The proposal stated that “As you may be aware, the primary objective of the trial was to demonstrate the oxidative capacity of Chlorine Dioxide on the plant’s incoming and inherent algae in the plant and its associated toxins, pathogenic (disease-causing) microorganisms and other micro-contaminants.”
The plant trial results were as follows:
- 100% oxidation and/or removal of algae and associated toxins especially hepatotoxins (i.e. toxins that affect the liver) and neurotoxins (i.e. toxins that affect the central nervous system) by Chlorine Dioxide;
- 100% removal of biofilms and associated algae in the Clarifies number 8, and
- Consequently, the water clarity was visually and aesthetically improved
The significance of the results are as follows:
- Oxidation of algae, particularly filamentous algae, which is not possible with the current battery of chemicals. Chlorine Dioxide usage will lead to less Rapid Sand Filter backwashes, longer filler run times, and consequently more water produced;
- Removal of inherent biofilms in the Rapid Sand Filters and subsequently from the Distribution Network will lead to improved aesthetic quality of drinking water,maintenance of free residual chlorine and reduced consumption of chlorine;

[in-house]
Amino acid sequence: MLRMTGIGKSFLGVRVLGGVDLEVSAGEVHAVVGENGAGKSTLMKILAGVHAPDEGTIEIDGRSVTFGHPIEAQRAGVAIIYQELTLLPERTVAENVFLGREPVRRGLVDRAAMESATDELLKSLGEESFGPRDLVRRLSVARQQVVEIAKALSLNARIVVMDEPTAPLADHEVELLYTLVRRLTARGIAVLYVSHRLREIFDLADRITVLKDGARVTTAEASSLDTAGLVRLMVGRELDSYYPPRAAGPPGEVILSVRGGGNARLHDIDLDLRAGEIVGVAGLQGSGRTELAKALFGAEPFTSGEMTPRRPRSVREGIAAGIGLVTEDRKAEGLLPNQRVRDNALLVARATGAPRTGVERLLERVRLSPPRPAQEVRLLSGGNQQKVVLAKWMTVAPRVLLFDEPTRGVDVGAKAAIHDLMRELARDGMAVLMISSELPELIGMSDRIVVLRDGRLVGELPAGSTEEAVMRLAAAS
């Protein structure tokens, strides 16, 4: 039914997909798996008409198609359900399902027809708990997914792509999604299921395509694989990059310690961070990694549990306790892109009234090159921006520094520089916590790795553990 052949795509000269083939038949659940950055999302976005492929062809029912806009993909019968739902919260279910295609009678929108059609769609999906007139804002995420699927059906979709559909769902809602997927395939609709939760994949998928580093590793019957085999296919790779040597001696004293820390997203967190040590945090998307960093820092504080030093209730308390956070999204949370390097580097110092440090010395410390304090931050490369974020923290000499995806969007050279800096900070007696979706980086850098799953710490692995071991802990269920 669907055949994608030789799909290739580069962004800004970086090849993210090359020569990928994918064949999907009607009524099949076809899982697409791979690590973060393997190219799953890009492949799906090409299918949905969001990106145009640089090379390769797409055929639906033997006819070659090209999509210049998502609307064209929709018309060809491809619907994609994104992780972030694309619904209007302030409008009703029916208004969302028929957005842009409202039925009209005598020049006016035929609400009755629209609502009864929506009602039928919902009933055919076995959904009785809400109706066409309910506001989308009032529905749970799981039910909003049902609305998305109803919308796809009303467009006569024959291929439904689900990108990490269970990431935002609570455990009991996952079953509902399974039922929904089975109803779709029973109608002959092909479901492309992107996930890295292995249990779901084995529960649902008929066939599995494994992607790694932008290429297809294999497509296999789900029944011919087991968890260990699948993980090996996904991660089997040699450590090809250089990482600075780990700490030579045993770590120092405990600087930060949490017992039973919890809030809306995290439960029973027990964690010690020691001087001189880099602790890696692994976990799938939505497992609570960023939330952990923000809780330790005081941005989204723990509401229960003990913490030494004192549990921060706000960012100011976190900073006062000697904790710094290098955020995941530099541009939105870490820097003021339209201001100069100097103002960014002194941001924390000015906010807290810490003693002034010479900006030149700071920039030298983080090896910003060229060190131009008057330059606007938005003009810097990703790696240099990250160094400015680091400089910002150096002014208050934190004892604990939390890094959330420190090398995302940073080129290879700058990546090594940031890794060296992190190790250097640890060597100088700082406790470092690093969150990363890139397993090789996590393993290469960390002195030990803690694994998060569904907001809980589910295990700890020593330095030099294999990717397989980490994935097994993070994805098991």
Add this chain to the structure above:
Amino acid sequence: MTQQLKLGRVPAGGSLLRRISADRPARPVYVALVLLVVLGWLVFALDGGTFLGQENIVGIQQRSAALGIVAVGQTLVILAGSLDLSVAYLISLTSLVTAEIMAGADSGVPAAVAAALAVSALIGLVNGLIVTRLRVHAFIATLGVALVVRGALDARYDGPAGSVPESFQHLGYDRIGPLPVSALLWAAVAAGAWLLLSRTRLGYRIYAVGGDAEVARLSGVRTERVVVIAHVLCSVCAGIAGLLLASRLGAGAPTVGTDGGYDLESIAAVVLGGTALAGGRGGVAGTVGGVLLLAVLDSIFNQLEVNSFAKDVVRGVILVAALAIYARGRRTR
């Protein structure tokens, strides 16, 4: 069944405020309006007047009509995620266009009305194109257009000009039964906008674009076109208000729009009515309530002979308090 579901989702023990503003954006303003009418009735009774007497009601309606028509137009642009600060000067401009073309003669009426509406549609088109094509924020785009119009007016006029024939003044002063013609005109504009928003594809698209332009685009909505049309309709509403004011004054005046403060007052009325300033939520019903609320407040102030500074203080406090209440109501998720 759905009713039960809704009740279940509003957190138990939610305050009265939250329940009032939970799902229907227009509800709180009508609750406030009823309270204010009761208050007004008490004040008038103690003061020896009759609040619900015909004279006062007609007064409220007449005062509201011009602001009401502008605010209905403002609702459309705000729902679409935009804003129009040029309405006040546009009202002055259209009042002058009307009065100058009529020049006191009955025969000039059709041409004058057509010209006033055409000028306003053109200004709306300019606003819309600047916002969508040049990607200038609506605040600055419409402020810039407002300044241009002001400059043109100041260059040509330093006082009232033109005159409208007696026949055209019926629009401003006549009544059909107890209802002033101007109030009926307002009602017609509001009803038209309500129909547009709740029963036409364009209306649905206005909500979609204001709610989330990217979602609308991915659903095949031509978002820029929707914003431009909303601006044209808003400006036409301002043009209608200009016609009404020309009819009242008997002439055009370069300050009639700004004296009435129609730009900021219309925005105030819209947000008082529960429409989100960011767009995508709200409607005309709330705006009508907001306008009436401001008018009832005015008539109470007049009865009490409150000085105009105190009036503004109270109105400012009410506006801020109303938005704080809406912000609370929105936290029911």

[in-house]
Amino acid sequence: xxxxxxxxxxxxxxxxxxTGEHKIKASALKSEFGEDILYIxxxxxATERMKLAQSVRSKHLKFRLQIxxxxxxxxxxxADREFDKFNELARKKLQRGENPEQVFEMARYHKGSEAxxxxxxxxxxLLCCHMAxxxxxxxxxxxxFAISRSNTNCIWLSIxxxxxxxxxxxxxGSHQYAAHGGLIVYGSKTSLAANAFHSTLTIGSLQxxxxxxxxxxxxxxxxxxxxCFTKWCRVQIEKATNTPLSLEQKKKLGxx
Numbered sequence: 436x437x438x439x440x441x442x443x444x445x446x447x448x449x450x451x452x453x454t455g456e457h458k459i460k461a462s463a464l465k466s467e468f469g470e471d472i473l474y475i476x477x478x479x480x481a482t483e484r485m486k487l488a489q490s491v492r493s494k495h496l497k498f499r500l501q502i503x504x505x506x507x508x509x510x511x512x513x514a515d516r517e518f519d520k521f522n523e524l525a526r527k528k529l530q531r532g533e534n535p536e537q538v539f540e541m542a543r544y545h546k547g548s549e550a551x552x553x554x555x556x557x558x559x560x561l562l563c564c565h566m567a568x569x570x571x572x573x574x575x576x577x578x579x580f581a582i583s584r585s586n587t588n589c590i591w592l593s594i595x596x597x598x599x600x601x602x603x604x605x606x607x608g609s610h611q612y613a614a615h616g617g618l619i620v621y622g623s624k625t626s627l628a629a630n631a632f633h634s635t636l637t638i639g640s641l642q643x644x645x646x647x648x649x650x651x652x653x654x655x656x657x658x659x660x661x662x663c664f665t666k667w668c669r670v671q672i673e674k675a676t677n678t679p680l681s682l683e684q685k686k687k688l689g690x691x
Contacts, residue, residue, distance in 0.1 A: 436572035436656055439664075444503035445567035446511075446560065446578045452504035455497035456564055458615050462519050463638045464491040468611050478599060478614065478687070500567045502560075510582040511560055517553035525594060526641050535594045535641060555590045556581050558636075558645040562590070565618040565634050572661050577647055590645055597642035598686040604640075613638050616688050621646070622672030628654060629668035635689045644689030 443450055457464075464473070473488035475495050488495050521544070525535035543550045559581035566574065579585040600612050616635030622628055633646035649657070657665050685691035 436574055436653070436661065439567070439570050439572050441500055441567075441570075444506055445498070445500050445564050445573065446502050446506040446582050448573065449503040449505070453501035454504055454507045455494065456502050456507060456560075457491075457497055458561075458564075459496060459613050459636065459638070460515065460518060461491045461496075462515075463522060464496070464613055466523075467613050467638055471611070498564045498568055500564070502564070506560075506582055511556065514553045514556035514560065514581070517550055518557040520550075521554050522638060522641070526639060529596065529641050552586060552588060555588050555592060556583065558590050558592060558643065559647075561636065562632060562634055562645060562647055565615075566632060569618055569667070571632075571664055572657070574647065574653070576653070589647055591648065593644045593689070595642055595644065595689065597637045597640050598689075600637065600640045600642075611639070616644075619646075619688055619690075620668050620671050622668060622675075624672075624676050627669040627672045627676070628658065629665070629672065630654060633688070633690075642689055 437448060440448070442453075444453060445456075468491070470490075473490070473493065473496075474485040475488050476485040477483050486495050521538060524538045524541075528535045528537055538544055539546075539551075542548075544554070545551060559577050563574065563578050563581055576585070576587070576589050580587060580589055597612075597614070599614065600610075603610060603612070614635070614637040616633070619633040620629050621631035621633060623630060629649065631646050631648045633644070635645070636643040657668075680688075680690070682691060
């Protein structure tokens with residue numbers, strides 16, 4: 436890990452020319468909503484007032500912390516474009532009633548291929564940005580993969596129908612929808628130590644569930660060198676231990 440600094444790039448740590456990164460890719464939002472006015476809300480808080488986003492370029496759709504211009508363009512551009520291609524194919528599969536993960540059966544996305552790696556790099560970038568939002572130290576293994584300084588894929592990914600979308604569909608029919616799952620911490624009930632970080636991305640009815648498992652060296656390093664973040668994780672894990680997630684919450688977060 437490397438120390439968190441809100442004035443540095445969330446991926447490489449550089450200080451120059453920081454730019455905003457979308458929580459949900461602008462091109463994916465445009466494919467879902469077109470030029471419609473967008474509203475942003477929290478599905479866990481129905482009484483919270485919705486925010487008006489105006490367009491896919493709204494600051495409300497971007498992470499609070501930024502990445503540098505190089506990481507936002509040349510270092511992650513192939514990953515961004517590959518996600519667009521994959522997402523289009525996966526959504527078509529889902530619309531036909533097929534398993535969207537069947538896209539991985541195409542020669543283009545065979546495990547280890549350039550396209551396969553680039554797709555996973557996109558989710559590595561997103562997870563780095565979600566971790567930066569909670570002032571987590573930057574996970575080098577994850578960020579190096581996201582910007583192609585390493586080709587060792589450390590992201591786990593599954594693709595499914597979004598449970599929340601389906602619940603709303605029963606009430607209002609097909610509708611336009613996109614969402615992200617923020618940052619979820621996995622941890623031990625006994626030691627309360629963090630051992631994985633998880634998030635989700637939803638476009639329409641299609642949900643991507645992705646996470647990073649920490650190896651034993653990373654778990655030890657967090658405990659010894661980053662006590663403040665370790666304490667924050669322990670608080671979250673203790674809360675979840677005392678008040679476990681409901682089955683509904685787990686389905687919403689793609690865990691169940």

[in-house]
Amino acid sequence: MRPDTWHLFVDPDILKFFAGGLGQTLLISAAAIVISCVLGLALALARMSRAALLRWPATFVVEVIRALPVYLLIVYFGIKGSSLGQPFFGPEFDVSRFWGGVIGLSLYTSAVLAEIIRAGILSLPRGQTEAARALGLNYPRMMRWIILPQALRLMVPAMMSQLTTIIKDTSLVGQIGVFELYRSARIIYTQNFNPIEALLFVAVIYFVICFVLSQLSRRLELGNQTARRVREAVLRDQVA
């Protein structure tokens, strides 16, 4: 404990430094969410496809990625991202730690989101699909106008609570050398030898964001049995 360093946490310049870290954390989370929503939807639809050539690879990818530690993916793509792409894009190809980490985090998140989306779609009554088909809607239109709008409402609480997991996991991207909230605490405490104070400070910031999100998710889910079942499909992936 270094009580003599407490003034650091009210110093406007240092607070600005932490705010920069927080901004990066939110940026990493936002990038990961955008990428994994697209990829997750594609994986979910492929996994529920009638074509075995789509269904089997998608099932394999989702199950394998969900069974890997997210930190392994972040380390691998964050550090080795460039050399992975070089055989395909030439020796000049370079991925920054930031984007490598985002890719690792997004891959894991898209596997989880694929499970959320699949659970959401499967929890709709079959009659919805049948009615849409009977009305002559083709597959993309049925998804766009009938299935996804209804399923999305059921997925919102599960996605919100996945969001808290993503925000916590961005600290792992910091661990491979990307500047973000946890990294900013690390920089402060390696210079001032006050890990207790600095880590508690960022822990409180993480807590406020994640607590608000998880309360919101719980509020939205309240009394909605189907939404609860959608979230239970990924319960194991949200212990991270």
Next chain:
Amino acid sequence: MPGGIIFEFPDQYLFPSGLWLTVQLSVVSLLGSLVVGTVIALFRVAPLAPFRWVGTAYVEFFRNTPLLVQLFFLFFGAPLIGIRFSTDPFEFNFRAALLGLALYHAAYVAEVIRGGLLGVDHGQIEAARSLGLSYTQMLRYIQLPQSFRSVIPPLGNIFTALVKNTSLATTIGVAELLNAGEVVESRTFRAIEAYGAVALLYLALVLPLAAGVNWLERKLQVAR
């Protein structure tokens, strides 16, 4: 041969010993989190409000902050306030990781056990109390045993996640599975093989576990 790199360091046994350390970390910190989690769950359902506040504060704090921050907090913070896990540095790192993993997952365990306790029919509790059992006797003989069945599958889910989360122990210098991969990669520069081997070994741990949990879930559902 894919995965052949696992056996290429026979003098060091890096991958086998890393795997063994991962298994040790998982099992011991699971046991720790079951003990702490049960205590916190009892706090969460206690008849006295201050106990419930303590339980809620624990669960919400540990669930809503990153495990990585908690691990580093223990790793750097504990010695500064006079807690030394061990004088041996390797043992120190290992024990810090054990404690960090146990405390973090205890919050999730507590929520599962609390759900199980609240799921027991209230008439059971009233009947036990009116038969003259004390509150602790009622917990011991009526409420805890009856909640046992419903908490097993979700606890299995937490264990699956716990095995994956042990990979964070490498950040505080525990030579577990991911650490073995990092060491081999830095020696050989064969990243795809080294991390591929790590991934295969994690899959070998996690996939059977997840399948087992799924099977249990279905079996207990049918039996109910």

- Oxidation of algae and its algal hepatotoxins and neurotoxins which have health effects to people and animals will lead to a significant reduction or total elimination of Powdered Activated Carbon (PAC) as confirmed by the Chartered Institute of Water and Environmental Management (CIWEM), London;
- Oxidation of algae will enable improved effectiveness of the main coagulant Aluminium Sulphate as this coagulant is not able to coagulate and settle live algae.
It is quite evident from the document that city officials were aware of the problems and the findings at the time, Nanotech would not have fabricated its findings. Doing so would jeopardize its business pursuits with the city since this document was a proposal.
Health effects of Cyanotoxins
In 1996, about 50 people died in a hemodialysis facility in Brazil caused by cyanotoxin contamination of municipal water. The United States Environmental Protection Agency, states that on their website, “The acute exposure to cyanobacterial blooms and their cyanotoxins can result in a wide range of symptoms in humans, including fever, headaches, muscle, and joint pain, blisters, stomach cramps, diarrhea, vomiting, mouth ulcers, and allergic reactions. Such effects can occur within minutes to days after exposure. In severe cases, seizures, liver failure, respiratory arrest, and (rarely) death may occur. The cyanotoxins include neurotoxins (affect the nervous system), hepatotoxins (affect the liver), and dermatoxins (affect the skin). There is evidence that long-term exposure to low levels of microcystins and cylindrospermopsin may promote cell proliferation and the growth of tumors. However, more information is needed to determine the carcinogenicity of both microcystins and cylindrospermopsin.”